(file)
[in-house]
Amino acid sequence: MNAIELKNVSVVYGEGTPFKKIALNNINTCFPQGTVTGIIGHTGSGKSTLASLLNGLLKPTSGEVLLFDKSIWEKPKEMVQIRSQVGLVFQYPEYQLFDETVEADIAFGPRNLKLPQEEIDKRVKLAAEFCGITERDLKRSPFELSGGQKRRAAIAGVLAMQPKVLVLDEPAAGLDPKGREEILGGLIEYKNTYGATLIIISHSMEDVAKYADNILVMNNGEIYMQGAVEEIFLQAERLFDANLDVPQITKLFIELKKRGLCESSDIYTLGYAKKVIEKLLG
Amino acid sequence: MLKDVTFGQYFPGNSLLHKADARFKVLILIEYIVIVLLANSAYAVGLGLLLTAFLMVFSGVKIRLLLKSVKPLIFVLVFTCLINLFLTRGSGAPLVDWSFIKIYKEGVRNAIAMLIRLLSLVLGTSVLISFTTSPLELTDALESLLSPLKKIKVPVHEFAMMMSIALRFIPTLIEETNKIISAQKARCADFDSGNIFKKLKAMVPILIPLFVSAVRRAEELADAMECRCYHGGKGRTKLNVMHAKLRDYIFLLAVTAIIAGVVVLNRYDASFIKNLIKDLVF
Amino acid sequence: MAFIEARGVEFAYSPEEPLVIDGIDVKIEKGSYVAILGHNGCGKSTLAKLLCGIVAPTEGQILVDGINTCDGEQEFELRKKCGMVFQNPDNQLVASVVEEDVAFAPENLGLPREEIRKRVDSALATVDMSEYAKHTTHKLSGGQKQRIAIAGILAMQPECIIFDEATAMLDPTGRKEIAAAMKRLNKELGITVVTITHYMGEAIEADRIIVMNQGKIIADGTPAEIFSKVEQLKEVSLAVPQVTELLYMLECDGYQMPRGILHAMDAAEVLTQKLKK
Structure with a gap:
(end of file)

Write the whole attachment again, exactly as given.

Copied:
[in-house]
Amino acid sequence: MNAIELKNVSVVYGEGTPFKKIALNNINTCFPQGTVTGIIGHTGSGKSTLASLLNGLLKPTSGEVLLFDKSIWEKPKEMVQIRSQVGLVFQYPEYQLFDETVEADIAFGPRNLKLPQEEIDKRVKLAAEFCGITERDLKRSPFELSGGQKRRAAIAGVLAMQPKVLVLDEPAAGLDPKGREEILGGLIEYKNTYGATLIIISHSMEDVAKYADNILVMNNGEIYMQGAVEEIFLQAERLFDANLDVPQITKLFIELKKRGLCESSDIYTLGYAKKVIEKLLG
Amino acid sequence: MLKDVTFGQYFPGNSLLHKADARFKVLILIEYIVIVLLANSAYAVGLGLLLTAFLMVFSGVKIRLLLKSVKPLIFVLVFTCLINLFLTRGSGAPLVDWSFIKIYKEGVRNAIAMLIRLLSLVLGTSVLISFTTSPLELTDALESLLSPLKKIKVPVHEFAMMMSIALRFIPTLIEETNKIISAQKARCADFDSGNIFKKLKAMVPILIPLFVSAVRRAEELADAMECRCYHGGKGRTKLNVMHAKLRDYIFLLAVTAIIAGVVVLNRYDASFIKNLIKDLVF
Amino acid sequence: MAFIEARGVEFAYSPEEPLVIDGIDVKIEKGSYVAILGHNGCGKSTLAKLLCGIVAPTEGQILVDGINTCDGEQEFELRKKCGMVFQNPDNQLVASVVEEDVAFAPENLGLPREEIRKRVDSALATVDMSEYAKHTTHKLSGGQKQRIAIAGILAMQPECIIFDEATAMLDPTGRKEIAAAMKRLNKELGITVVTITHYMGEAIEADRIIVMNQGKIIADGTPAEIFSKVEQLKEVSLAVPQVTELLYMLECDGYQMPRGILHAMDAAEVLTQKLKK
Structure with a gap: